During my recent reflections regarding the path of Druidry, one issue that I have found myself returning to is how we manifest maturity on the spiritual path and what this might mean in relation to what we give to others. While it remains open to a degree of debate, one of the characteristics that might be imagined to define a Druid – as being distinct from the role of either Bard/Poet or Ovate/Seer – was the way in which they helped mediate specific social processes within their given communities. Whether via legal adjudication, philosophical consultation or by acting a celebrant during major life-rites the role of the Druid/Priest requires that they embody specific principles or perspectives within the external world.
Having spent the last 40 years ensconced in a spiritual journey that has allowed me to encounter a wide variety of folks who have laid claim to concepts of Priesthood, I thought it might be helpful to explore some of the shared concepts that seem important to those who minister with varying degrees of esoteric intention.
Perhaps the first and most obvious thing to observe, is that a Priest (whether Male, Female or non-binary) is usually a Priest of something or someone! Priests of virtually all denominational stripes are seeking to mediate and embody a deity, a principle or a process. Even if the mission of our Priesthood is broad, there needs to be a certain degree of clarity regarding the perspective they are seeking to represent to the wider world. Some may be attracted to the status or accouterments of the Priestly role, but without a clear sense of vision as to who or what our service is being offered, such Priesthood is likely to be little more than cosplay. For our Priesthood to have depth it feels critical that we have internalized our goal to a degree that it has truly transformed us; we have moved beyond merely articulating truths and more profoundly we are seeking to become them.
Most forms of Priesthood seem to incorporate both the function of Priesthood i.e. what you actually do and the ontology of Priesthood i.e. how you as a person have been transformed internally by having Priesthood conveyed upon you. When we examine different traditions, we can see the way in which they place varying degrees of focus on either part of this vocational equation. For some schools Priesthood is predominantly sacramental and initiatory in that the goal of ordination is the alchemical transformation of an individual spiritual DNA. For others Priesthood is less about identity and a person may move in and out of a Priestly function depending on the role or function they are adopting at a given time.
In seeking to comprehend ministerial roles that are more defined by function, I was aware of my own background as a former Christian and the way in which the Protestant emphasis on “the priesthood of all believers” sort to minimize any unique status or intermediary role for those who sought ordination. I am aware of the way in which my own biases have been formed by a good dose of Welsh anti-clericalism, but I’m glad to say that this has slowly softened over time as I have been more fully able to appreciate the initiatory and transformational power of having such vocations acknowledged.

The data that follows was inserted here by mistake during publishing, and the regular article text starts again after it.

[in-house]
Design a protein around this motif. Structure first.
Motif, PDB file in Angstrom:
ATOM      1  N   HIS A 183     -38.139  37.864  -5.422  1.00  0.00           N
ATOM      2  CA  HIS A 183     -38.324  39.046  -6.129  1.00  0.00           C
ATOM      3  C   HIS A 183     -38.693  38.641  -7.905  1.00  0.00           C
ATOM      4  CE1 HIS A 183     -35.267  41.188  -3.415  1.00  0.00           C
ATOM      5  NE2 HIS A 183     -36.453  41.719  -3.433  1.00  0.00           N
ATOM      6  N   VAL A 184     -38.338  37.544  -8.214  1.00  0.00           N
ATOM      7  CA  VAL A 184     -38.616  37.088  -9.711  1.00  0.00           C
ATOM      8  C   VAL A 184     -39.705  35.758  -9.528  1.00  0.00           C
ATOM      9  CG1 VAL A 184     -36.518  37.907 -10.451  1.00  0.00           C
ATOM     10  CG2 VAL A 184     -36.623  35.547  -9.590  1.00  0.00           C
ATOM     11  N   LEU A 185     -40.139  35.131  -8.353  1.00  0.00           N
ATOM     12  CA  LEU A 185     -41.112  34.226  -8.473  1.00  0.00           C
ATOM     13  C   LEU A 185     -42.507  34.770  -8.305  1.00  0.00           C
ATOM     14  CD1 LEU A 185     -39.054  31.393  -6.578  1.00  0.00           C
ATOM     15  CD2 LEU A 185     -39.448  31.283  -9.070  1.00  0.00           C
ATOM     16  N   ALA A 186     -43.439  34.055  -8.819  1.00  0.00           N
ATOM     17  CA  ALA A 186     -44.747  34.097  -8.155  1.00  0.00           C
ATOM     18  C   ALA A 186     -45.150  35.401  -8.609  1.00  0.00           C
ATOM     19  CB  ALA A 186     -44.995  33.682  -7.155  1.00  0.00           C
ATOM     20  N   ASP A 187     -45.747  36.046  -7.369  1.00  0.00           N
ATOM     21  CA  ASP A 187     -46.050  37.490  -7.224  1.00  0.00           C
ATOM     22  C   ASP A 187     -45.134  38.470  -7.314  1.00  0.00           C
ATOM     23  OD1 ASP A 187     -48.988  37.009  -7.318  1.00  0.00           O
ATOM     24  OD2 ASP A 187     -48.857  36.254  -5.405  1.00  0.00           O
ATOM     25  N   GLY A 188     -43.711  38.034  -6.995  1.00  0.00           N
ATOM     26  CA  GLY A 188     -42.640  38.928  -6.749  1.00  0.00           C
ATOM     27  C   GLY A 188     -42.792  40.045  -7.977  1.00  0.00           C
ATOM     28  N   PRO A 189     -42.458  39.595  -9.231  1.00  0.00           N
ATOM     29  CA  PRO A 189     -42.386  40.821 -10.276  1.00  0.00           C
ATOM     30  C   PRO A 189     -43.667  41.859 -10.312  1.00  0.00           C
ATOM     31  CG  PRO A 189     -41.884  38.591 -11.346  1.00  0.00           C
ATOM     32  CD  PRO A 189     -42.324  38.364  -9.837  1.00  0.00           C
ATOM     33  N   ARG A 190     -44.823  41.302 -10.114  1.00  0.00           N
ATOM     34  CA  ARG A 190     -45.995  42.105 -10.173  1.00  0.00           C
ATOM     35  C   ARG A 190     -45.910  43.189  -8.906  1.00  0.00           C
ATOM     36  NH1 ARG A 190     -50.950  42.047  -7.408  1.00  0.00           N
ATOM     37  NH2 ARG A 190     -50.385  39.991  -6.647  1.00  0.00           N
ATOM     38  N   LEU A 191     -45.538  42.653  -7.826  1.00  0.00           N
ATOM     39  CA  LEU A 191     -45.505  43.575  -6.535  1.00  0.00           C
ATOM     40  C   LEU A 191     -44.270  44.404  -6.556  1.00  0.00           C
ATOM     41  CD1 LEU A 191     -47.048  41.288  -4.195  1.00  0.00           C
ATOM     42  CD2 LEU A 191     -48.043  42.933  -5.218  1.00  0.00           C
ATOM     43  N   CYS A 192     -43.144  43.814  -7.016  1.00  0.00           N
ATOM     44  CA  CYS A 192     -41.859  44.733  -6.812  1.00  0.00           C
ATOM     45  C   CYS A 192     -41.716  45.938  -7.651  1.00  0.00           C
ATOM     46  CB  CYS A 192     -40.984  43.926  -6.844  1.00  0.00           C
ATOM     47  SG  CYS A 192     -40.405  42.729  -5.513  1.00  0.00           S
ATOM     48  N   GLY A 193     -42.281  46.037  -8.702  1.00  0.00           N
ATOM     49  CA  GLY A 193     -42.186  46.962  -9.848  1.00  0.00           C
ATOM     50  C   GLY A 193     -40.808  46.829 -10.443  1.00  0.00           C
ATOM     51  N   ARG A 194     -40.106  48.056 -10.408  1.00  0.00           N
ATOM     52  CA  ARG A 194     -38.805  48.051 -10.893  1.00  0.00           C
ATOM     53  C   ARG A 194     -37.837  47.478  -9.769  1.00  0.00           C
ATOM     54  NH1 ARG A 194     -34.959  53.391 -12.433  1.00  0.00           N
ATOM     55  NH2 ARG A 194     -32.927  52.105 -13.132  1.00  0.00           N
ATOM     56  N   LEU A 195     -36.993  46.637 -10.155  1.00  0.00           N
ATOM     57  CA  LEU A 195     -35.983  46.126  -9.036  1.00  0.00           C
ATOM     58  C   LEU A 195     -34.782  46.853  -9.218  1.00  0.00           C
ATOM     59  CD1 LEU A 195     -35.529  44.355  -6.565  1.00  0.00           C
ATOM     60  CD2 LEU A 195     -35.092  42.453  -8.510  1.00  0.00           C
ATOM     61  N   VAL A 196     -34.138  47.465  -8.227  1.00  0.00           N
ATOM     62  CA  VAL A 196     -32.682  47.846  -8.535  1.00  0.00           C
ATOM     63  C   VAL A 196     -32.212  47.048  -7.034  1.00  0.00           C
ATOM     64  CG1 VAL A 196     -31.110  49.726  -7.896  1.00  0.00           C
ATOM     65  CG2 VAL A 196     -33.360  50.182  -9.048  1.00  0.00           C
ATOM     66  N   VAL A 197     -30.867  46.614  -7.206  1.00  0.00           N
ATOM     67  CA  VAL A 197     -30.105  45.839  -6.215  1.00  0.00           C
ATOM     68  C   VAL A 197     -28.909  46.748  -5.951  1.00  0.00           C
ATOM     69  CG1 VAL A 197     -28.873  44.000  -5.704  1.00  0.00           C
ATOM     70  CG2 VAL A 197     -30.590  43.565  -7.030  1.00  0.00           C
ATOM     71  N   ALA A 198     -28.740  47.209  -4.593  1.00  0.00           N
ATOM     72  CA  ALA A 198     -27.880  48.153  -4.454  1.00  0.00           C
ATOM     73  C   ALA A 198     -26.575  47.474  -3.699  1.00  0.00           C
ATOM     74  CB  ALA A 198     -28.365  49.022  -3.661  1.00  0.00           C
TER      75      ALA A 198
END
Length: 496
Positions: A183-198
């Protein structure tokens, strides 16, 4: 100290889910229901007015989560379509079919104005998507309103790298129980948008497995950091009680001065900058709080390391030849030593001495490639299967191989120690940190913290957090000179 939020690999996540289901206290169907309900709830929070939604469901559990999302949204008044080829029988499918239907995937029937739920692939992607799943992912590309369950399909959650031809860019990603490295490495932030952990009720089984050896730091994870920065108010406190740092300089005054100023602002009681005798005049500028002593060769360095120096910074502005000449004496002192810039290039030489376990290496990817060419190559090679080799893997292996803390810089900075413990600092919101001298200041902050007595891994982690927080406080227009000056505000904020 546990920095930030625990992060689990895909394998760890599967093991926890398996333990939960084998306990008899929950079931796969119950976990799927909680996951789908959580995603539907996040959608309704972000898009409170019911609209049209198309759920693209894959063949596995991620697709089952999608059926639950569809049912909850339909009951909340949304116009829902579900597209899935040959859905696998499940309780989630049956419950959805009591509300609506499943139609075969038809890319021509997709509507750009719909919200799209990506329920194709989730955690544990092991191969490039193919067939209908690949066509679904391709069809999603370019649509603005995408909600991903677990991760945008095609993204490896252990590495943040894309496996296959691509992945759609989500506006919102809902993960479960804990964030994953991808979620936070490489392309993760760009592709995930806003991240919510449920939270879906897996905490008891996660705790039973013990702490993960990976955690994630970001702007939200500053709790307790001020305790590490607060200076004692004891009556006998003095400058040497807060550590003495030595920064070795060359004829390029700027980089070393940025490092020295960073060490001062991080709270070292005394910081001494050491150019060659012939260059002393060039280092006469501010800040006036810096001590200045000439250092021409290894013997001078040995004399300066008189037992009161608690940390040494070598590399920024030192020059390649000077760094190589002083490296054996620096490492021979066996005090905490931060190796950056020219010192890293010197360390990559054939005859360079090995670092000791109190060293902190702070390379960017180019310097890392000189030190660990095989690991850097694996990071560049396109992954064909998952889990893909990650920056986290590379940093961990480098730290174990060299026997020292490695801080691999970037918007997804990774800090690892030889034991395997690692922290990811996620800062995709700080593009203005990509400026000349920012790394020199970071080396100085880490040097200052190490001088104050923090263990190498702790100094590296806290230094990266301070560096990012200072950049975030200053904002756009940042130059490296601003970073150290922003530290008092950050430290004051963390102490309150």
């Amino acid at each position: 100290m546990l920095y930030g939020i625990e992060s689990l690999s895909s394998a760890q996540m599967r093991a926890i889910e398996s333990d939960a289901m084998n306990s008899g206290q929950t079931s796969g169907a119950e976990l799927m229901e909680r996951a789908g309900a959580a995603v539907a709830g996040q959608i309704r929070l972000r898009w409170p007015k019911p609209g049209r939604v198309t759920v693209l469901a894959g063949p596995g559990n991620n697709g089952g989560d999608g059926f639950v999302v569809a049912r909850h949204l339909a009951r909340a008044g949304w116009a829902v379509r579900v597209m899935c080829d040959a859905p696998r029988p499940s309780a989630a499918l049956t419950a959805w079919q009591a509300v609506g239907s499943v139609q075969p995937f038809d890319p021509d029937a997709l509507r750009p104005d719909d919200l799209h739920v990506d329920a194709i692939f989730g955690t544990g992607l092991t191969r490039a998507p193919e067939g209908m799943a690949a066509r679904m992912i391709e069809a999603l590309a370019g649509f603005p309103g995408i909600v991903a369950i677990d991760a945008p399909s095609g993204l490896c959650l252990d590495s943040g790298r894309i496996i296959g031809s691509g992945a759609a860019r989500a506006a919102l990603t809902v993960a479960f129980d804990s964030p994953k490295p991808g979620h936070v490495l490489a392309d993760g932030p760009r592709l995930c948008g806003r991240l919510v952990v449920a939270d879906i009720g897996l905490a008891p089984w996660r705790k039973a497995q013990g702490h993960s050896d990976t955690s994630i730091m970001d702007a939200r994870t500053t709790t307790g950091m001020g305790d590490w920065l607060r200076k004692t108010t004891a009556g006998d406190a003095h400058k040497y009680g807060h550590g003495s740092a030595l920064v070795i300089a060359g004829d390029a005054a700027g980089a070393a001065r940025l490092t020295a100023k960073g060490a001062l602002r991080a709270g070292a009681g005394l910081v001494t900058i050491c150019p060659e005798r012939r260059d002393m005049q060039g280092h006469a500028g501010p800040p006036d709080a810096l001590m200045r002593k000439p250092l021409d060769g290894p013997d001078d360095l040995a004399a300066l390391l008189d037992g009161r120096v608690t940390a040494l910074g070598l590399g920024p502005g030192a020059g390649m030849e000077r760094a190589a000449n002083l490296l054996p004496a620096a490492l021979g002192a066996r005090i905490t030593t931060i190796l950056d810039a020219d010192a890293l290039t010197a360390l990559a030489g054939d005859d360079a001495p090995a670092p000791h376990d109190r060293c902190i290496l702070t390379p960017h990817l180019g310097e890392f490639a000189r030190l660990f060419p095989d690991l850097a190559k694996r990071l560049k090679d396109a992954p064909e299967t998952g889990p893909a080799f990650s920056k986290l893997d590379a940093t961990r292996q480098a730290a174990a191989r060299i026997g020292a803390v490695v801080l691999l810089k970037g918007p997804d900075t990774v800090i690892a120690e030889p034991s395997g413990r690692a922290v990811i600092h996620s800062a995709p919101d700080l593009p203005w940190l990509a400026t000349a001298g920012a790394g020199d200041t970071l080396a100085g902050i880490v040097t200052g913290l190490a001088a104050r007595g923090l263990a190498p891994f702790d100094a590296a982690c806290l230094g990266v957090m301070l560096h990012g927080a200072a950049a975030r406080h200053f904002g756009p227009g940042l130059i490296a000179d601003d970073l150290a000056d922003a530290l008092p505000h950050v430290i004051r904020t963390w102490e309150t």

My own journey into Priesthood has been a long and winding one. In my late teens I became a seminarian with a view to become an Anglican Priest, but this was eventually derailed by the crisis of faith that pushed me to explore a more magical-gnostic path. Eventually my exploration of magic and the Thelemic-Tantra espoused by AMOOKOS led me into an intense encounter with the Egyptian deity Sekhmet and I became increasingly aware of the obligations that this experience carried with it. During my own in encounter it was made abundantly clear that if I wished to continue a working relationship with these forces, it would entail both cost and obligations in representing her reality to others. While I am a firm believer that vocation can take manifold forms that are uniquely shaped by the individual and their context, based on my own experience I would question the validity of any call to Priesthood that doesn’t have its basis in both marked intensity and sacrifice.
Although we should be cautious about any insistence that a person’s Priesthood must involve service to a physical community who hold similar perspectives (this is especially the case if adherents are spread over a large geographical area), we mustn’t underestimate the impact that our presence and embodiment might have on those in our more immediate sphere. The very magical act of someone pursuing a deep vocation and the creative flame of the daimonic-self can be both inspiring and potentially disruptive for those who feel they are simply going through the motions of day-to-day life. This in part is the challenge of our service as a Priest: the ideals and forces that we are seeking to manifest, become intensified and crystallized within ourselves as we take the risk of mediating them to those around us.
In the last 10 years my own Priesthood has found expression via mentoring, writing and more publicly in naming ceremonies, hand fasting and delivering eulogies at funerals. Often those seeking such support have been less concerned about the fine detail of my wyrd theological preoccupations and more drawn to the way in which my own initiatory process has enabled me to sit with challenging life processes. It feels as if what I have to offer is less about metaphysical certainties and far more about an ability to explore Mystery. For me those who manifest Priesthood most readily are those for whom their offer of service to others is as a natural overspill of the work that they are embodying in their own lives. This is at once the challenge of feeling called to such vocations but also the powerful initiatory role they can have in forging our magic.